As a one-time freelance writer, I pocketed a few extra bucks from the intellectual property I created. The law recognizes that my writings had some financial value, and provided protection against their unauthorized use.Arguments forwarded in the Supreme Court Tuesday by the entertainment industry in the Grokster case to protect its intellectual property from theft by consumers who use technology hit home. Intellectual property has value as much as tangible property, and its creators should receive the same protections.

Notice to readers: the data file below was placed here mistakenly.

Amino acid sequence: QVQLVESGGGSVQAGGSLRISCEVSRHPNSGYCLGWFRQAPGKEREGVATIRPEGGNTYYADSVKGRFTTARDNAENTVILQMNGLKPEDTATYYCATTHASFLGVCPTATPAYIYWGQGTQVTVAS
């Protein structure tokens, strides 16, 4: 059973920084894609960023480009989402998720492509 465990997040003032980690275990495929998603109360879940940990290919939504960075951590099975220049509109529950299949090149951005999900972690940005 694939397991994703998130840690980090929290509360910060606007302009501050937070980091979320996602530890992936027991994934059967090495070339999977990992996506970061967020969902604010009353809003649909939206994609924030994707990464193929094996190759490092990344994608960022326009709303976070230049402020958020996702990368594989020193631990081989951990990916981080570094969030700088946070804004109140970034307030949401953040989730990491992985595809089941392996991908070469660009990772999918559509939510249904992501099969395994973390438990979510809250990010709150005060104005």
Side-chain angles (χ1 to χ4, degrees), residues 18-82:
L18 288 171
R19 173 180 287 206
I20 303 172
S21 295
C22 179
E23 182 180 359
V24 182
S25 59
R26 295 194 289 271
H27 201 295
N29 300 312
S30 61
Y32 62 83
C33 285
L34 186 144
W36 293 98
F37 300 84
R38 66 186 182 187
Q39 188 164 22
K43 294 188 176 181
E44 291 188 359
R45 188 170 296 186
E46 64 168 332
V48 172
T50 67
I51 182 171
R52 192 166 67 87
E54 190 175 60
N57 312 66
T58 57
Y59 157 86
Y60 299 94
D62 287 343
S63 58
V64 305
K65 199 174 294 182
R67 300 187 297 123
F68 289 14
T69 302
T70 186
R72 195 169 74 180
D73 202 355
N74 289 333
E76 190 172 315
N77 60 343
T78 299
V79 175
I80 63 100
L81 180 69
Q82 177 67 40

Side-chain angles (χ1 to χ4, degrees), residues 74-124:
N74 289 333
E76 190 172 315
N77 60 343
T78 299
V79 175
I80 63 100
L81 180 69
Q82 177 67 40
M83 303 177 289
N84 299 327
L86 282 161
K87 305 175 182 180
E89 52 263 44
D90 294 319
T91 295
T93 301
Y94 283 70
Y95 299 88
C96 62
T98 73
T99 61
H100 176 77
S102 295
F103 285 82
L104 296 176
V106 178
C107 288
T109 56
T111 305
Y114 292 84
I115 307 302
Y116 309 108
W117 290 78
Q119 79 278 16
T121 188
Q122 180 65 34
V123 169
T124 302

Yet, I'm conflicted over file-sharing lawsuits. I've spent the past two decades covering business and technology, and I marvel at the innovations that have occurred and changed our lives for the better. I fear a decision by the high court in favor of the entertainment industry could stifle future innovations.
Rarely do I agree with Justice Antonin Scalia, but from the bench during arguments, he expressed his concern that legitimate uses of a new technology could be hampered if threats of copyright-infringement suits hover over innovators. "What I worry about is a suit right out of the box," Scalia said. "Do you give a company a couple of years to show substantial noninfringement?"
I'd say that's a good idea.